3 Gratitude Exercises to Lessen Depression and Anxiety

3 Gratitude Exercises to Lessen Depression and Anxiety
3 Gratitude Exercises to Lessen Depression and Anxiety

Studies show that the ability to experience a happier, less stressful life is often tied to one’s ability to give thanks. That means genuinely acknowledging that which one is grateful for, and doing so overtly. Not just in your head. But outright.

Yet, that can be a challenge. When events in our life are difficult, or we don’t get what we need or want, our thoughts can be dark and negative, and our emotions follow suit. And when w­­e’re down, disappointed, angry or afraid, the skill of gratitude is not a habit we usually turn to.

So it takes an intentional, conscious effort to exercise gratitude. In other words, we need to make this a habit. A bit of practice begins to change our outlook on life. The hurts don’t last as long or feel as deep. We can begin to see life more broadly, with more acceptance of ourselves and everything around us. Joy is more likely. We love ourselves, others and life more.

Sounds too good? Well, try an experiment. Below are three ways to develop the skill and habit of gratitude. Choose at least one of these practices to start.

1. Count Your Blessings

We’re designed, some believe, to remember the bad over the good. It’s helpful for the survival of the species…ensuring that we don’t repeat mistakes that could be life-threatening.

Unfortunately, dialed up too high, we forget to notice that even on bad days, good things happen too—we’re just less likely to notice them.

So practice the Three Good Things or Gratitude Journal exercises. Simply spend 5 to 10 minutes at the end of each day writing in detail about three things that went well that day, large or small, and also describing why you think they happened. At least one 2005 study showed that this exercise increased happiness for those that tried the practice.

Why does this work? First, we get to recall a more balanced picture of our day, and we get hope and happiness as we appreciate the good in our life. Second, we develop the skill of paying attention and watching for the good. The day just gets better when we can see the good as well as the not so good.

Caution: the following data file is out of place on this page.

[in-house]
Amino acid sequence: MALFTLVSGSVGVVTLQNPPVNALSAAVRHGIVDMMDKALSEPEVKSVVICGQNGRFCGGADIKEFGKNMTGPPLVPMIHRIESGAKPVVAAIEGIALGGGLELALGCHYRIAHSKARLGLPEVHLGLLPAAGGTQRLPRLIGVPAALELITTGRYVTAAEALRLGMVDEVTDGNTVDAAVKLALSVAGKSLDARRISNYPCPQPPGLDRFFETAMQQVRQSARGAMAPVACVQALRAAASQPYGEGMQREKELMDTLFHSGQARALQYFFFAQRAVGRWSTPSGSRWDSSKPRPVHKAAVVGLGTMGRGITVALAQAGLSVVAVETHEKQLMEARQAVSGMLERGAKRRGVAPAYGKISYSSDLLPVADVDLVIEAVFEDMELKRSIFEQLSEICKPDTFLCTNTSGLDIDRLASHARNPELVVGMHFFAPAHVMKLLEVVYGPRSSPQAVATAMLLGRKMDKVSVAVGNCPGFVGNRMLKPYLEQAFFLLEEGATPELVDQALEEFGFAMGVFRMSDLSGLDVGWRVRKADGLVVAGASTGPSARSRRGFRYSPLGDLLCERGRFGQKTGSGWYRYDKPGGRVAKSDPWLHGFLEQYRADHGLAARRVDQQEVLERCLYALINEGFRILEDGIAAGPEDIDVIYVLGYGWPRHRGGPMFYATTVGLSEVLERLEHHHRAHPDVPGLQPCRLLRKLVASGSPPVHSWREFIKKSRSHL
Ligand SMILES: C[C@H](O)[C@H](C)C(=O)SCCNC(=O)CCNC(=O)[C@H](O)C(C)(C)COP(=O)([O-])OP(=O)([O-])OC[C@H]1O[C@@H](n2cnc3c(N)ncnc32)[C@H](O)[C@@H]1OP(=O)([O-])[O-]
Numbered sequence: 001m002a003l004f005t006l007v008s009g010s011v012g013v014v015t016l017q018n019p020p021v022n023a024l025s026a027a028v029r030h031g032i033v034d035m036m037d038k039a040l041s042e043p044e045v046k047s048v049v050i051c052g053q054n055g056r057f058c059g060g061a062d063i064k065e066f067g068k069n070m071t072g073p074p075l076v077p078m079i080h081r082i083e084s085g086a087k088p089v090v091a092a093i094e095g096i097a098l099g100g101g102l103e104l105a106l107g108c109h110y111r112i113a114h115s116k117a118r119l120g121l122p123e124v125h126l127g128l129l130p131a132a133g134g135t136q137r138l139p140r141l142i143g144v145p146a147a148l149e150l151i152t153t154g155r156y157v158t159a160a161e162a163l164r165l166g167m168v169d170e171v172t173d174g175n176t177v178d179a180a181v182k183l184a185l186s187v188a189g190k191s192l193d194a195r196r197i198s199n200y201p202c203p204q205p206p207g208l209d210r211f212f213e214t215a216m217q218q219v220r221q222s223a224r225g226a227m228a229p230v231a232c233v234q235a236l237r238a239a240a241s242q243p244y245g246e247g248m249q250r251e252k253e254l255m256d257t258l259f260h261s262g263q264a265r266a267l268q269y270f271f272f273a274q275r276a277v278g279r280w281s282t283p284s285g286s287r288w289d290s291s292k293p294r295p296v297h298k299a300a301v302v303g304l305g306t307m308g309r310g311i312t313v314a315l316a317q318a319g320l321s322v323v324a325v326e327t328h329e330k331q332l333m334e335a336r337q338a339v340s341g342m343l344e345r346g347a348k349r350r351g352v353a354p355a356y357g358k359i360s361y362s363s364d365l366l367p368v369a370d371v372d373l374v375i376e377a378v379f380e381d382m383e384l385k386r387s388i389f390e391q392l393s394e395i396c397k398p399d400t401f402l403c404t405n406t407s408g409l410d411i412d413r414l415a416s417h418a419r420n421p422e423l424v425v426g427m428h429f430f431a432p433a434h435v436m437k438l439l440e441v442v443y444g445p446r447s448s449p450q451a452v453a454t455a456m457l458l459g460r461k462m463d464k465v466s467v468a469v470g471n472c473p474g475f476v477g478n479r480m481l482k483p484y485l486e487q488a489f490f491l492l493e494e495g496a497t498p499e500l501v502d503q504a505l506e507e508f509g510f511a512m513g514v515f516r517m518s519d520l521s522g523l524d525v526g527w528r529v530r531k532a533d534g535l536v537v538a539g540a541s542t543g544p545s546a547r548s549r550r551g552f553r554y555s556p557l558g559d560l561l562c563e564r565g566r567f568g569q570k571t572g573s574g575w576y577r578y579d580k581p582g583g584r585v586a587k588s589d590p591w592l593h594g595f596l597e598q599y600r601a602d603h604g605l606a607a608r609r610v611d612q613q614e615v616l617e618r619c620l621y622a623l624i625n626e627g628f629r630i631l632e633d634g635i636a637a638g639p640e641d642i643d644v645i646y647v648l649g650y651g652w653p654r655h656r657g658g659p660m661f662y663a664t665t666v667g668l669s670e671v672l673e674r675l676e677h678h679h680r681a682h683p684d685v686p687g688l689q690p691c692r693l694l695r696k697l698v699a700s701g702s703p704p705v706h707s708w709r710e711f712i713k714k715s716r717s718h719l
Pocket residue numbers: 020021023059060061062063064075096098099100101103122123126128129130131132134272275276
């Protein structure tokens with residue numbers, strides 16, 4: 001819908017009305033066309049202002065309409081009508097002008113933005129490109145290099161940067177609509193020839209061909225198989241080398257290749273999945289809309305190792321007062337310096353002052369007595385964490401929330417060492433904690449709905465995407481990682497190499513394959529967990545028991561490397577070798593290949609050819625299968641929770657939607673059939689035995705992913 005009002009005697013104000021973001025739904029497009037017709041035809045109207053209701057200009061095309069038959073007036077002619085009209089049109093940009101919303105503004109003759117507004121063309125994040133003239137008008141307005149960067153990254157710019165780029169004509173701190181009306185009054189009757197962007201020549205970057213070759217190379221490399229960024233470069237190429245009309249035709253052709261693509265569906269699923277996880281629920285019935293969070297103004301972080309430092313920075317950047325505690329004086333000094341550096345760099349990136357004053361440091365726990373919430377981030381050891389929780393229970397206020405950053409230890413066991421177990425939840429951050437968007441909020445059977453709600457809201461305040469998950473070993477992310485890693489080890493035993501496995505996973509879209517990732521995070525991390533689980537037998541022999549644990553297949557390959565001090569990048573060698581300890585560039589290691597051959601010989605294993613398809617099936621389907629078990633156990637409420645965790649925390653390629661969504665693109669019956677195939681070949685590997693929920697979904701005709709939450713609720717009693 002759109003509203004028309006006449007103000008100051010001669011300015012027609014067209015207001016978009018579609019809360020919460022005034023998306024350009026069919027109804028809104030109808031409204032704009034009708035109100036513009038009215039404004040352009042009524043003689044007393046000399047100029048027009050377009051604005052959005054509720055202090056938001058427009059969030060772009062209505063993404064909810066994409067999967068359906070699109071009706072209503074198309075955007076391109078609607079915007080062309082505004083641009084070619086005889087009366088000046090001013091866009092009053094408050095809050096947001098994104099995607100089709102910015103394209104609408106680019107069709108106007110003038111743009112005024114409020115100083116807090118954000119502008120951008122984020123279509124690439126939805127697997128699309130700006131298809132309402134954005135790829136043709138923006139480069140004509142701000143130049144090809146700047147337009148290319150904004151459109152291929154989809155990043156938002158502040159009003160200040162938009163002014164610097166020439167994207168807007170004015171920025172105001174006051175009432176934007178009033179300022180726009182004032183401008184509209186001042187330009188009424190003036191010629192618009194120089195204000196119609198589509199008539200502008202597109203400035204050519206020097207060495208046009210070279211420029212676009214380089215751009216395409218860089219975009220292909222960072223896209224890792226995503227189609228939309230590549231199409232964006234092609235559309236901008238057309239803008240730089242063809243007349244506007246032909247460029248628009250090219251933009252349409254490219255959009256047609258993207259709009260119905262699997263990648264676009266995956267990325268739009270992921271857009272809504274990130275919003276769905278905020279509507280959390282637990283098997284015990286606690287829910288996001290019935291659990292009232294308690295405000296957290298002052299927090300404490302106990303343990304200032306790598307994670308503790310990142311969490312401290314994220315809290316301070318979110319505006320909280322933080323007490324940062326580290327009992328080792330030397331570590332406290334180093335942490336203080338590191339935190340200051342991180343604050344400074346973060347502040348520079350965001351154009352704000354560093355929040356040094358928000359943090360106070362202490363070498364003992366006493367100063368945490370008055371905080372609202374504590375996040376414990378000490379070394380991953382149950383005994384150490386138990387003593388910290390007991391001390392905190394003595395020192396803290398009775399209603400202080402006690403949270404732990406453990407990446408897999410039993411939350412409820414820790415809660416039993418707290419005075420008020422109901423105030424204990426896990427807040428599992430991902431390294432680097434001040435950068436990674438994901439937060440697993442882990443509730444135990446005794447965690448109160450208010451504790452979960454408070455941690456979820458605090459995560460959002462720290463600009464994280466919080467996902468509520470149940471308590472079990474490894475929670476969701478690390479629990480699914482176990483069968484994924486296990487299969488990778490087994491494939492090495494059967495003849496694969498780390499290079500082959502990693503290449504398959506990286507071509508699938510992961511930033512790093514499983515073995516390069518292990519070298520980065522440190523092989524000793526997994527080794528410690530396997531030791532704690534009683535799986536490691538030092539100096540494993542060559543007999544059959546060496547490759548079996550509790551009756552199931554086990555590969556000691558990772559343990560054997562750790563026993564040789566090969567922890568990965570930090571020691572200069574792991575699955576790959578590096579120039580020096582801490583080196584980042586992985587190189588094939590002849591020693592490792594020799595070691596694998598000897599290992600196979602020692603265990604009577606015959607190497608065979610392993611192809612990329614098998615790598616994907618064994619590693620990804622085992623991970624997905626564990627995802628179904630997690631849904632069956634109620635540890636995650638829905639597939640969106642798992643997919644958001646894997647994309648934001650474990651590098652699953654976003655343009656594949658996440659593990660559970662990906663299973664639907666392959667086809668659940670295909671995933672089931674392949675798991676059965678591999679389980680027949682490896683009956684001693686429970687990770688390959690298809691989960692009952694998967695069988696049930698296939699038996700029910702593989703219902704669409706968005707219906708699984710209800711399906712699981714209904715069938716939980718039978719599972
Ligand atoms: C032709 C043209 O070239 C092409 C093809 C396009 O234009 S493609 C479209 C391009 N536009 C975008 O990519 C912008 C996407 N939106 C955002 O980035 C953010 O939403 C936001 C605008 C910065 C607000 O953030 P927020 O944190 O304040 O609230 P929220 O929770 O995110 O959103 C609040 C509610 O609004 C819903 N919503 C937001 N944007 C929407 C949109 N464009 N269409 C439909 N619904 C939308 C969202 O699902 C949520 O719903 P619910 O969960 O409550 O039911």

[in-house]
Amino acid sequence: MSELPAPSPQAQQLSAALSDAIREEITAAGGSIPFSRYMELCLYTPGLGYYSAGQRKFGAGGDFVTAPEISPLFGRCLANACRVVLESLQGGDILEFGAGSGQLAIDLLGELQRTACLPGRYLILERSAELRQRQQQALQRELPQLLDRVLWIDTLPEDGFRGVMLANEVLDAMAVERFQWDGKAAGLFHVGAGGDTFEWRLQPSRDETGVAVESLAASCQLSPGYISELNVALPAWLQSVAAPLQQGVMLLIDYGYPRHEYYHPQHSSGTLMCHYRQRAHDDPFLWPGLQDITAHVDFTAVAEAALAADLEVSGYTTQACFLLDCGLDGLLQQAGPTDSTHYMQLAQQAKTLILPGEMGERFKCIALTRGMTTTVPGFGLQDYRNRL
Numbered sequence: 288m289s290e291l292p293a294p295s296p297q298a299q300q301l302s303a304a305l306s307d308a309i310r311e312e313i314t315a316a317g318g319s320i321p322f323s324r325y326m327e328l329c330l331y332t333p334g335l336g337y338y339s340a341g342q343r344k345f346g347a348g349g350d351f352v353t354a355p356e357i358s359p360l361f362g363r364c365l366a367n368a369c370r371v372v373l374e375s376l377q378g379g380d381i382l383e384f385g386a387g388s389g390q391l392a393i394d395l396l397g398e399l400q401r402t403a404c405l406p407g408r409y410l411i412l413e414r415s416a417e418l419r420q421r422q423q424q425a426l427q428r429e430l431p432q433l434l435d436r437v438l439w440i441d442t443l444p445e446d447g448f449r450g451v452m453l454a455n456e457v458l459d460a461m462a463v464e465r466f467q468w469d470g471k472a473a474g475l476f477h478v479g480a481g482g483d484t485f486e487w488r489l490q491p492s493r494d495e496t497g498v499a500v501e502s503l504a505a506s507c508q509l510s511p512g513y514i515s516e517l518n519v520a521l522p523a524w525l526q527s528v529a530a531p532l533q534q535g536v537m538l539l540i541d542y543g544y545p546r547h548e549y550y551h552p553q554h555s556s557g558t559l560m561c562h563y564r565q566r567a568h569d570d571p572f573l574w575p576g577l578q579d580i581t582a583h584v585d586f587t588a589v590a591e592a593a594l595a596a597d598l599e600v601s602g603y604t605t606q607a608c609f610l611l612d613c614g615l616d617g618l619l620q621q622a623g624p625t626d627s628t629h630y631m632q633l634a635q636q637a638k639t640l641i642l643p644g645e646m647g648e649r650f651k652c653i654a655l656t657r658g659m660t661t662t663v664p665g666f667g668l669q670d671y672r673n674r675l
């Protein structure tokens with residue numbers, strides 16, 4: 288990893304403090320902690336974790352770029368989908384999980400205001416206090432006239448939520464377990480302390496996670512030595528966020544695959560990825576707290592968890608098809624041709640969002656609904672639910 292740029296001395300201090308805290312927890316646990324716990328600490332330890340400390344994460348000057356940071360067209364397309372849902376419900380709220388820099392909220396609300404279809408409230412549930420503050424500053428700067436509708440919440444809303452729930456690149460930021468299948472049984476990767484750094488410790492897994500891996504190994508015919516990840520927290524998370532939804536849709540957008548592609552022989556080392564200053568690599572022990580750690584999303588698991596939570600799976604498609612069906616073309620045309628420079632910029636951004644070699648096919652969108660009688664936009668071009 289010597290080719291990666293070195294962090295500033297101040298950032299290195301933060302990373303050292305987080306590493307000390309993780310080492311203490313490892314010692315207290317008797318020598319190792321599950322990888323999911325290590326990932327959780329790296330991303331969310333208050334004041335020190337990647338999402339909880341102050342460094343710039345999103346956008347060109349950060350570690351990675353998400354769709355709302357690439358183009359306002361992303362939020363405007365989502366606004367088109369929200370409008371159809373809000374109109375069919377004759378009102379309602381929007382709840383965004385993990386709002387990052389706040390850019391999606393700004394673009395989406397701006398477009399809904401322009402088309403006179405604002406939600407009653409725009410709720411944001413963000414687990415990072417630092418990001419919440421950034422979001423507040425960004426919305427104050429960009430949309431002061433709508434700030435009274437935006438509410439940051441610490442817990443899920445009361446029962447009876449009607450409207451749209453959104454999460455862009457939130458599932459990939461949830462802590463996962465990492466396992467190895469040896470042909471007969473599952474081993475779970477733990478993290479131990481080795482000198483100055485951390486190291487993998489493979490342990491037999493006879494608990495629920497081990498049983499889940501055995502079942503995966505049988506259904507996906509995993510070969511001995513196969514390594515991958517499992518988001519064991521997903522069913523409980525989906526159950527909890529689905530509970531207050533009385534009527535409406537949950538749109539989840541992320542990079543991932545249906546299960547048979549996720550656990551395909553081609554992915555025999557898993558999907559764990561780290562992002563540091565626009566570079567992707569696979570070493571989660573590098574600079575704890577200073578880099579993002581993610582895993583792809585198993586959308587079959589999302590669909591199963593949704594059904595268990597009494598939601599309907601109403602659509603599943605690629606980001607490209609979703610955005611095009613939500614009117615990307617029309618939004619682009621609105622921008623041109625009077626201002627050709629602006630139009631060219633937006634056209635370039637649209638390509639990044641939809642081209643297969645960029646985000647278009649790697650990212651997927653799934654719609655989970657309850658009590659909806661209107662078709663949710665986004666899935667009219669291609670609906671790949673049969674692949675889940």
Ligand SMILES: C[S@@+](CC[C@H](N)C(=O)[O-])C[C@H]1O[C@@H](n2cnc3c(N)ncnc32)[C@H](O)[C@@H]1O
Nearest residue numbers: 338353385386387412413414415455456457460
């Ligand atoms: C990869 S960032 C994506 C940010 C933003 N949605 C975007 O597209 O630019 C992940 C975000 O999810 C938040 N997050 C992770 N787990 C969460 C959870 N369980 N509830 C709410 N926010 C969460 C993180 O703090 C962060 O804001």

2. Mental Subtraction

A series of 2008 studies  found that the Mental Subtraction of Positive Events exercise is another effective way to build the gratitude skill.

In it, you recall something positive that happened in your life—i.e., a good job, meeting a special friend, an educational achievement. You write down how it came about, and all the ways in which it might never have happened. It’s a bit like the movie, It’s a Wonderful Life. Ask yourself, “what would my life be like if things hadn’t worked out this way?”

It’s a chance to realize just how many gifts you’ve received and start a new awareness about how in many ways, lady luck has smiled on you too.

(A variation on this exercise is Mental Subtraction of Relationships, which involves focusing specifically on important relationships, and feel more grateful for those.)

3. Say “thank you”

Gratitude gets real when it gets said out loud to someone else. It creates connection, and it becomes an act of generosity as the other is validated and esteemed. The gesture can be small, that’s fine, but hopefully more than just a quick “thanks pal”.

So try this: a thoughtful, detailed Gratitude Letter.  Choose someone in your life who perhaps you haven’t let know what they mean to you. What also makes this powerful is that as you write, your feelings of gratitude and happiness will increase. You’ll recall that you too are fortunate some of the time.

Write it, deliver it, and even read it to the recipient for optimum results. Again, the 2005 study tested the effects of writing and delivering a gratitude letter, and this practice had the greatest positive impact on happiness one month later.

Get Support to Feel Better

So, are you willing to develop the gratitude aptitude? If it’s time for professional support so that skills like gratitude can help you heal, please read about treatment for depression and anxiety, and consider coming to counseling. You can reach me at (914) 768-3740, or via email to set an appointment.


  • by


    Posted August 11, 2015 8:30 pm

    This is really useful. Thank you!

  • by

    Lori mckinney

    Posted August 12, 2015 2:04 am

    This is wonderful. I’m going to try it. Thanks

    • by Aaron Deri Posted August 12, 2015 9:05 am

      Thank you Lori, please let me know what you learn when you try one of the techniques. – Aaron Deri, LMFT

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